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High magnitude wind events over the circumpolar coastal zones

PI: David E. Atkinson
Institution: University of Alaska Fairbanks
Additional Investigators: Steven M. Solomon, Donald Forbes
Our proposal in general concerns wind-field climatology in the coastal margins of the Arctic polar regions. We specifically propose to extract from CMIP model runs a) individual high-magnitude wind events and b) indicators of background windfield strength and direction. These regions are sensitive to erosive activity in part due to wind-driven wave activity. Coastal erosion places infrastructure and habitat at risk. Recent trends suggest that increasing wind fetch due to sea-ice margin retreat, as well as lengthening ice-free seasons, act to increase the erosive power of wave activity and the length of time for wave attack to occur. High-magnitude wind events are the most effective agent of coastal change. It is important to determine if these occurrences are likely to change in frequency or intensity into the future. Atkinson, Solomon and Forbes propose to use daily u and v fields to identify trends in average windfield vectors. As well, high-magnitude wind events will be identified using a demonstrated algorithm from wind fields derived from high temporal resolution pressure grids (3-hourly data).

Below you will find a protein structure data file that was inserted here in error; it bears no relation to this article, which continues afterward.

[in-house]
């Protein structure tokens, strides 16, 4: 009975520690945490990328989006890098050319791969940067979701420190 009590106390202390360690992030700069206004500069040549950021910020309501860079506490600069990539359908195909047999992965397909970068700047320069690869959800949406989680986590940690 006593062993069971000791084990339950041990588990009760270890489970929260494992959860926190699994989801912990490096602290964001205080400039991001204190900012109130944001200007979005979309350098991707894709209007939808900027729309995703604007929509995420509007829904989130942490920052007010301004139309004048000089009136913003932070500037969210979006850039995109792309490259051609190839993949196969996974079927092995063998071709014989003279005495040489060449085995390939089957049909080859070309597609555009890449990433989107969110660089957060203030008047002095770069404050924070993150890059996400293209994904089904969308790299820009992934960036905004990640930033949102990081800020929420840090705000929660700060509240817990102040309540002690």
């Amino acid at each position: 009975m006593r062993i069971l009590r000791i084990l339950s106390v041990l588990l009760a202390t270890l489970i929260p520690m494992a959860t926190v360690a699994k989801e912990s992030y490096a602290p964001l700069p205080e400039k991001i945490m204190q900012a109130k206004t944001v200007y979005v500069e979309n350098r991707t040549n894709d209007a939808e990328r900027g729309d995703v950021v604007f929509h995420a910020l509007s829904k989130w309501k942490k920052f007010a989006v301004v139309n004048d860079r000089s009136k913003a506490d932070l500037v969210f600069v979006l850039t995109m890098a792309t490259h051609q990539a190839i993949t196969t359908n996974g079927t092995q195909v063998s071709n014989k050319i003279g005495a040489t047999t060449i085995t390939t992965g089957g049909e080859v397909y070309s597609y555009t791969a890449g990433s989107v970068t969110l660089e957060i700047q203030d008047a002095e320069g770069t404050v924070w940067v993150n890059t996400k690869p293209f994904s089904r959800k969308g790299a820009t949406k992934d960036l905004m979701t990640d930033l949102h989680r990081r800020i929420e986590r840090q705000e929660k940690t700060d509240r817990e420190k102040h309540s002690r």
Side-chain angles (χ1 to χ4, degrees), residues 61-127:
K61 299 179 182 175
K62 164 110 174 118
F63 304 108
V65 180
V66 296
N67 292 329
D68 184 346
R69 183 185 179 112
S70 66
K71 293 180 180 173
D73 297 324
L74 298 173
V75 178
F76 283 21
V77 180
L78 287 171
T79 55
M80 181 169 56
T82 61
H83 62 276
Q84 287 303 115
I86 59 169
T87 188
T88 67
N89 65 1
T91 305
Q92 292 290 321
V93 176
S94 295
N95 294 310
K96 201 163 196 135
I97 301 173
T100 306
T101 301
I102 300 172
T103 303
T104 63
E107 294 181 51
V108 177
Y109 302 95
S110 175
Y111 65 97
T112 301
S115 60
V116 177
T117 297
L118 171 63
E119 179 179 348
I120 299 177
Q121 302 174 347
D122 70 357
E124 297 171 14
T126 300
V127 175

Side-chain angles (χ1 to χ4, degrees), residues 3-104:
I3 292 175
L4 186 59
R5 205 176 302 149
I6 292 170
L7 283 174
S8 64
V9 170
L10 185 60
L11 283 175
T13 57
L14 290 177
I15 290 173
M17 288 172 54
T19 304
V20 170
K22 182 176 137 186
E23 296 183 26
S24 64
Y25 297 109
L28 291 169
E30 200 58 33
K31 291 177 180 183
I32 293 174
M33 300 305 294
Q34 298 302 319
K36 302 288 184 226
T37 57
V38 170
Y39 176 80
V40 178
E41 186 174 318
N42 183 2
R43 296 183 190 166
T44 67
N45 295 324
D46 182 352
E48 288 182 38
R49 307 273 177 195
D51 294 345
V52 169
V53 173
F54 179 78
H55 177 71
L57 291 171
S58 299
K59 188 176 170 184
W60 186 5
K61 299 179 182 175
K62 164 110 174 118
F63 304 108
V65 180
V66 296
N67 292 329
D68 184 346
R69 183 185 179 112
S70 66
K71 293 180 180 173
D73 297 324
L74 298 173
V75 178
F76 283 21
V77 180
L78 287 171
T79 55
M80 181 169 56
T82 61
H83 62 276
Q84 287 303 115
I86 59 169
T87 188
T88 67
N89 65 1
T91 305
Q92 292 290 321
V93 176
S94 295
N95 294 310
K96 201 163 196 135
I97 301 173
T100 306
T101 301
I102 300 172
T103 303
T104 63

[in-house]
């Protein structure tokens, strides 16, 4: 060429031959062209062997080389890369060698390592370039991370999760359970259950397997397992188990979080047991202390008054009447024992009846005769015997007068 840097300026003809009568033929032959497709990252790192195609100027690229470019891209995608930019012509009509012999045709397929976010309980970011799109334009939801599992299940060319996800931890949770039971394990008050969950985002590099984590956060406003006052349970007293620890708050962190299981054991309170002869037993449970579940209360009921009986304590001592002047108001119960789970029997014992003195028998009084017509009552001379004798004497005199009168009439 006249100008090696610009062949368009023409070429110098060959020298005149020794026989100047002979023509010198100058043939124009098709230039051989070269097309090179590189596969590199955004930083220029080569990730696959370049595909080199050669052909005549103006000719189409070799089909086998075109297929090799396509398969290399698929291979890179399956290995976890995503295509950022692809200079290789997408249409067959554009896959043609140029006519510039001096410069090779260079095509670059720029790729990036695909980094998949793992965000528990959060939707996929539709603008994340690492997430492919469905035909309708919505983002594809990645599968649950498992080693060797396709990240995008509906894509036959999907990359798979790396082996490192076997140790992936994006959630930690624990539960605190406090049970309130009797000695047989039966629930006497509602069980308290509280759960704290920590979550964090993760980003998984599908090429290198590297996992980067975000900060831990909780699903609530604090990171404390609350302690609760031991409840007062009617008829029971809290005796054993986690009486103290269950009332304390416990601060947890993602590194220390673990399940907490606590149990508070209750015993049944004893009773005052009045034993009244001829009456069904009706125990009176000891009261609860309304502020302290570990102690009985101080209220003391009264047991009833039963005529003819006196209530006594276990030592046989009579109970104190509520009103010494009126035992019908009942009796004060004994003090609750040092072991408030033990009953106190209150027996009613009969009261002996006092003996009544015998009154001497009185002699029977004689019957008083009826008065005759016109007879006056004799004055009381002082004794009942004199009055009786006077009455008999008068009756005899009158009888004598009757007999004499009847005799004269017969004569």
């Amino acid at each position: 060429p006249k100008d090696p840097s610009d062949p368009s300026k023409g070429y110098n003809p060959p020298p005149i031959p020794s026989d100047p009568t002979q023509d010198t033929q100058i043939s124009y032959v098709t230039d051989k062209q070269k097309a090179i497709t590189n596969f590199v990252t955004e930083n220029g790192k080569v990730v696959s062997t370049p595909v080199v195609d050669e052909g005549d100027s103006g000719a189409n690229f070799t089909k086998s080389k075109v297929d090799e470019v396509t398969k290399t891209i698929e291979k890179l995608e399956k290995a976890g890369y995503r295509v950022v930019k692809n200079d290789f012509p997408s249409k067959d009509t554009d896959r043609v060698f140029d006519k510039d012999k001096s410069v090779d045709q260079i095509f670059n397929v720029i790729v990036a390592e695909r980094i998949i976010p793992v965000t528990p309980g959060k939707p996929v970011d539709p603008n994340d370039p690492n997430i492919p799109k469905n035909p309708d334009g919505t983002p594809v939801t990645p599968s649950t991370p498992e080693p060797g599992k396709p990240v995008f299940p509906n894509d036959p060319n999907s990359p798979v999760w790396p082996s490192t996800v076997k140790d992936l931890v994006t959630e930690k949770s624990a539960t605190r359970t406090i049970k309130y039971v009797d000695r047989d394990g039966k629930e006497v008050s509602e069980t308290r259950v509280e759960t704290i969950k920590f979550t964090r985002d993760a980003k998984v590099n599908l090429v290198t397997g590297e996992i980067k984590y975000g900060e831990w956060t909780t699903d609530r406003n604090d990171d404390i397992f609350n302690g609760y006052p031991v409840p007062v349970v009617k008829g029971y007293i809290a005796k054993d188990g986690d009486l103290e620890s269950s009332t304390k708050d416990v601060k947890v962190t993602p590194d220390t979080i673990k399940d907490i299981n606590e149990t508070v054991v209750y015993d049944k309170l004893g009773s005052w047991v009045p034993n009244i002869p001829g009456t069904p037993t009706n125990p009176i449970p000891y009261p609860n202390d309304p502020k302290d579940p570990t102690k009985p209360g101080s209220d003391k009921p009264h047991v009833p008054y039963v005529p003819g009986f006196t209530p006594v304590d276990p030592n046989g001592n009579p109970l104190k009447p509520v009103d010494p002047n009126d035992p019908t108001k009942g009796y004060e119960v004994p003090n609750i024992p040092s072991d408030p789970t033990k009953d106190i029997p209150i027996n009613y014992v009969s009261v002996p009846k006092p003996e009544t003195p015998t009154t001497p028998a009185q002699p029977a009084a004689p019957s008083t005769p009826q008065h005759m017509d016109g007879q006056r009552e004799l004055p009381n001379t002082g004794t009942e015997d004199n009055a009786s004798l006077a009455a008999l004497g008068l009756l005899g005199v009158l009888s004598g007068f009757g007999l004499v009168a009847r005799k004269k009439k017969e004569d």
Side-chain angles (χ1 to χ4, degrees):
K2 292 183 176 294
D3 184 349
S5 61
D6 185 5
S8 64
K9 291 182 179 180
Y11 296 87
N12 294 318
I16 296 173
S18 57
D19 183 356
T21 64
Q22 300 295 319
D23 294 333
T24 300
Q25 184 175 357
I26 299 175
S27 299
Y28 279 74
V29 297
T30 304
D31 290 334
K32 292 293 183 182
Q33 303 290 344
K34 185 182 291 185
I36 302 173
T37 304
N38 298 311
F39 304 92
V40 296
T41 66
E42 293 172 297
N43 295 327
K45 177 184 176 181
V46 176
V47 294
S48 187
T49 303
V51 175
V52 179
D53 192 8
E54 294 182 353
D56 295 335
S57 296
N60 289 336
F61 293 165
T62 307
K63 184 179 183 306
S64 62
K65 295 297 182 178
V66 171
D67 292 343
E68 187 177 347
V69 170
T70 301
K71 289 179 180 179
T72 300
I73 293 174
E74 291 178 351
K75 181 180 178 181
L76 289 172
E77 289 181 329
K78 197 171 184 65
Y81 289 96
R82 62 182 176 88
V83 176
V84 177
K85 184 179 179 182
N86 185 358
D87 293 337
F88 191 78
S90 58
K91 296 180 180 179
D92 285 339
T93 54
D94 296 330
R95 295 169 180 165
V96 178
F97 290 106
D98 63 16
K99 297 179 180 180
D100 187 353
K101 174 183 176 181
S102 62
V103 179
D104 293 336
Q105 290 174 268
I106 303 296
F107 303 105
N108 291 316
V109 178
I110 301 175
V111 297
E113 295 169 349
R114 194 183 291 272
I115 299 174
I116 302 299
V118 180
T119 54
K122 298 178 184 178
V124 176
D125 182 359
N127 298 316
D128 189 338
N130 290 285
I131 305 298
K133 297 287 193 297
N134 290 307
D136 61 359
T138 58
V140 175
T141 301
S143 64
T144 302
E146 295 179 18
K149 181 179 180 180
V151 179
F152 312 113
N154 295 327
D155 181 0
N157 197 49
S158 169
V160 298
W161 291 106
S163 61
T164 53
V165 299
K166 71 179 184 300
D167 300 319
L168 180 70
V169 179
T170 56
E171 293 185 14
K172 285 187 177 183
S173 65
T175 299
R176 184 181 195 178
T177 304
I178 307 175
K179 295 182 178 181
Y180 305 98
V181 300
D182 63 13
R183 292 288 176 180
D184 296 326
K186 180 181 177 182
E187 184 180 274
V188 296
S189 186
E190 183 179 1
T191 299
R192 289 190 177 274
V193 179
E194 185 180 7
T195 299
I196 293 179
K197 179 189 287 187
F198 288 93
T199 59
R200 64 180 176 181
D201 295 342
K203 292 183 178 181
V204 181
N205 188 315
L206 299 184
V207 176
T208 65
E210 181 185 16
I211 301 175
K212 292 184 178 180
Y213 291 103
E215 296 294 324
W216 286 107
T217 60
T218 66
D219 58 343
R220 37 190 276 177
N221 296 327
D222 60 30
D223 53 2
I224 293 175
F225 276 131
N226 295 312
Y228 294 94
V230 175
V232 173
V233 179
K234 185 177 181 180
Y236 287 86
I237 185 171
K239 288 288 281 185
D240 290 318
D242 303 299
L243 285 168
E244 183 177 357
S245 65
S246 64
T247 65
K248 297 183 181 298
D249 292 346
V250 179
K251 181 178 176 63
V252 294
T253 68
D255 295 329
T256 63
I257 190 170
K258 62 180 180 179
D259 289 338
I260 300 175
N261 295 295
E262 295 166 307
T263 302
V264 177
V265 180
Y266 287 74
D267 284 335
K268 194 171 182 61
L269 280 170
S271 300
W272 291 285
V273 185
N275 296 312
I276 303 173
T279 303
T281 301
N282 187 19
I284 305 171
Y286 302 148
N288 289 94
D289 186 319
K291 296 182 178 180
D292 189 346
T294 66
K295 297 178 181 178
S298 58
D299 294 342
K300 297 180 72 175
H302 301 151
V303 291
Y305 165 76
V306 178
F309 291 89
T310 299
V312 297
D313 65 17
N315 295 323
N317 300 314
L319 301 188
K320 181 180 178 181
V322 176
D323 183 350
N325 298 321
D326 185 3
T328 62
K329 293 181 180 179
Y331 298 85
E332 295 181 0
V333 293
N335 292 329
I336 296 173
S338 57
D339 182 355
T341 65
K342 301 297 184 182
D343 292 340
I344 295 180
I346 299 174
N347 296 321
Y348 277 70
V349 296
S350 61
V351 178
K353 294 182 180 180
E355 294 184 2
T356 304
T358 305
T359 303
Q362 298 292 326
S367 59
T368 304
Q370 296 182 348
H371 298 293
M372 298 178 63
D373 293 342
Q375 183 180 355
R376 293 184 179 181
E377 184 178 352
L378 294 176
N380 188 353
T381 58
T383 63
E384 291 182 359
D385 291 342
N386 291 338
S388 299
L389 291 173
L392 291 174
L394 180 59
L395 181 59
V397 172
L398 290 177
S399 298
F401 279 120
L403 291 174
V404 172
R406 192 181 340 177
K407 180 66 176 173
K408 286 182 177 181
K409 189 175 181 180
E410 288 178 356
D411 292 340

The objective of this work is to obtain information about future trends in wind forcing, background and extreme, and to then place these results into an erosion context using existing knowledge about coastal response to wind forcing.

This work will require the following data fields:

Daily-mean 3-d atmosphere data:
eastward_wind (ua)
northward_wind (va)

3-hourly 2-d atmosphere data:
air_pressure_at_sea_level (psl)

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